Saturday, April 16, 2011

Haenel 303-Super Tear Down Part 2

Finally back to the Haenel 303 after a brief hiatus.

Removed the pivot bolt locking screw.

The pivot bolt head has 4 cut outs around it's circumference. The pivot bolt is snugged up to the desired tension then the locking screw is installed. The head fills into one of the radii and locks the bolt in place.

The locking screw is really tiny. I believe it's an M3x 0.5mm.

Before I remove the barrel/breech block from the compression tube, I wanted to take a look at the barrel latch. On many guns, the barrel latch itself is spring loaded and fits into a precision recess. And on many guns, that latch is pulled forward toward the muzzle to unlock the action.

Not so on the 303.

The Haenel has a spring loaded chisel shaped detent.

The latch is pushed toward the rear where it bears directly against the detent. It's a bit awkward in practice, but you get used to it.

As you push the latch rearward, it shoves the detent into the compression tube and unlocks the action.

No pressure on the latch, the detent sticks out under force from a small spring, locking the barrel in place.

Latch pushed in, pushes the detent in.

Here's a better pic of the detent with the barrel opened.

Removed the main pivot bolt and the breech/barrel unit.

A small screw secures the detent mechanism.

The chisel and the spring.

And the latch itself. Polished then reblued the sides that fit against the breech block.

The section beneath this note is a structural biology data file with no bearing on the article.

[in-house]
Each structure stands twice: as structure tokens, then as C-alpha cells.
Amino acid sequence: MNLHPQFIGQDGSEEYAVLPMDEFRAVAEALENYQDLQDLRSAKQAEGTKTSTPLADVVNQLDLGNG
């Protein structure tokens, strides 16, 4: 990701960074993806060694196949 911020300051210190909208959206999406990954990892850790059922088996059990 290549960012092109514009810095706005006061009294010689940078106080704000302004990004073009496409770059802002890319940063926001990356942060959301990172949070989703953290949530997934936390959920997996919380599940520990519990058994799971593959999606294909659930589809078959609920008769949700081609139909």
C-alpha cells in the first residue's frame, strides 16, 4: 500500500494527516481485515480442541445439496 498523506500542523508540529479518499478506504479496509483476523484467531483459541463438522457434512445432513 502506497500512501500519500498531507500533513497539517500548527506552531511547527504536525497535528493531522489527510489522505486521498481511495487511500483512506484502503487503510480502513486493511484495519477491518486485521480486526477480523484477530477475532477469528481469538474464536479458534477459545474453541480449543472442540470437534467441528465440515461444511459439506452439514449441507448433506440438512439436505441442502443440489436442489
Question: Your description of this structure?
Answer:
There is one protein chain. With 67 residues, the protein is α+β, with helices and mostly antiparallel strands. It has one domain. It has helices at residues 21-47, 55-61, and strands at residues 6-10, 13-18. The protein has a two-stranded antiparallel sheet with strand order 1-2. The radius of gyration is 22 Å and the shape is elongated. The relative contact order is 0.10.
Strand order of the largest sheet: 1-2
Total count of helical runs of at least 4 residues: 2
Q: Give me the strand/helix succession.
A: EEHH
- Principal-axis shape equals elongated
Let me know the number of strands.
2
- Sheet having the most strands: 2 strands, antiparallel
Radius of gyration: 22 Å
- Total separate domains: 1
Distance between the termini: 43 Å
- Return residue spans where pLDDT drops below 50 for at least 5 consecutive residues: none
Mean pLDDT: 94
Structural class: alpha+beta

Thought that the trigger could use some help. It's supposed to be a target gun after all.

There are two adjustment screws in the trigger unit. The front screw sets the amount of first stage travel.

I removed the screw and polished the end that bears on the bottom of the sear.

The rearmost screw (not well shown here) adjusts the amount of sear contact. On a target trigger, less is helpful--it shortens the amount of trigger travel in the second stage to fire the gun. Too little contact though will make the gun fire unexpectedly--like when the barrel is opened for loading. That's bad. So, I'll err on the side of caution. When the gun gets reassembled, I'll cock the gun and give it a "bump" test to see if I can make the sear slip and fire. There's no shade of gray here--it's pass or fail. Increase sear contact until it's absolutely, positively safe--then add just a tiny bit more overlap.

Trigger at rest with a ton of first stage travel. (forward screw backed out)

About that much travel. Too much for my preference. I'll screw the front adjustment in a bit further and shorten this up.

Click on this pic (or any for that matter) to enlarge it and see the circled sear contact point. This is the one spot where the trigger really should be lubed.

I used a 60% moly grease and set the trigger unit aside.

The piston got a quick polish on the front and rear.

Can really see the colors from the hardening on the body. Deburred the slot in the piston body since I was working on it.

Here's the inside of the compression tube. The transfer port hole looks awfully large.

For a target gun, the 303 is quite harsh firing and I'll venture that the transfer port hole size is to blame. Too big means that the air rushes through too fast to cushion the piston at the forward end of it's travel. The piston, instead, slams into the front of the tube. It's almost like dry firing the gun.

The hole is approximately 0.169" in diameter. For a transfer port hole in a spring piston gun, that's really large.

More soon.

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